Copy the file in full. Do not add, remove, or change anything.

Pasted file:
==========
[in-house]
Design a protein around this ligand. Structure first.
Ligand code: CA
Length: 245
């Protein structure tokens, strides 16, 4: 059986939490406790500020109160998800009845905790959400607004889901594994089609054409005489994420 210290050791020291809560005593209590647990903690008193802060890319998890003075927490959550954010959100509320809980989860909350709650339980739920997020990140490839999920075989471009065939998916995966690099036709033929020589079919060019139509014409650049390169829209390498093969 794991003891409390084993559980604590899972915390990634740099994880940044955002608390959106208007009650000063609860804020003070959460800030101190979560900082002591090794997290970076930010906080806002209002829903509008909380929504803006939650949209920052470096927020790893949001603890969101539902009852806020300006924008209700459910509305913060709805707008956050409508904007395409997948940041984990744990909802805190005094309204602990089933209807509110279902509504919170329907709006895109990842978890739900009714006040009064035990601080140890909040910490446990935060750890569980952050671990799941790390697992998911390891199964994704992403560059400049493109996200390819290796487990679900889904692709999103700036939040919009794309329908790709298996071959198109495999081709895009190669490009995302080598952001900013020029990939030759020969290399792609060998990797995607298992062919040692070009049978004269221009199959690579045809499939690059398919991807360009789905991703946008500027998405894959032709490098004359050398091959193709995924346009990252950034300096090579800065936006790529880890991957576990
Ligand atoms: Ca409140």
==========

[in-house]
Design a protein around this ligand. Structure first.
Ligand code: CA
Length: 245
């Protein structure tokens, strides 16, 4: 059986939490406790500020109160998800009845905790959400607004889901594994089609054409005489994420 210290050791020291809560005593209590647990903690008193802060890319998890003075927490959550954010959100509320809980989860909350709650339980739920997020990140490839999920075989471009065939998916995966690099036709033929020589079919060019139509014409650049390169829209390498093969 794991003891409390084993559980604590899972915390990634740099994880940044955002608390959106208007009650000063609860804020003070959460800030101190979560900082002591090794997290970076930010906080806002209002829903509008909380929504803006939650949209920052470096927020790893949001603890969101539902009852806020300006924008209700459910509305913060709805707008956050409508904007395409997948940041984990744990909802805190005094309204602990089933209807509110279902509504919170329907709006895109990842978890739900009714006040009064035990601080140890909040910490446990935060750890569980952050671990799941790390697992998911390891199964994704992403560059400049493109996200390819290796487990679900889904692709999103700036939040919009794309329908790709298996071959198109495999081709895009190669490009995302080598952001900013020029990939030759020969290399792609060998990797995607298992062919040692070009049978004269221009199959690579045809499939690059398919991807360009789905991703946008500027998405894959032709490098004359050398091959193709995924346009990252950034300096090579800065936006790529880890991957576990
Ligand atoms: Ca409140």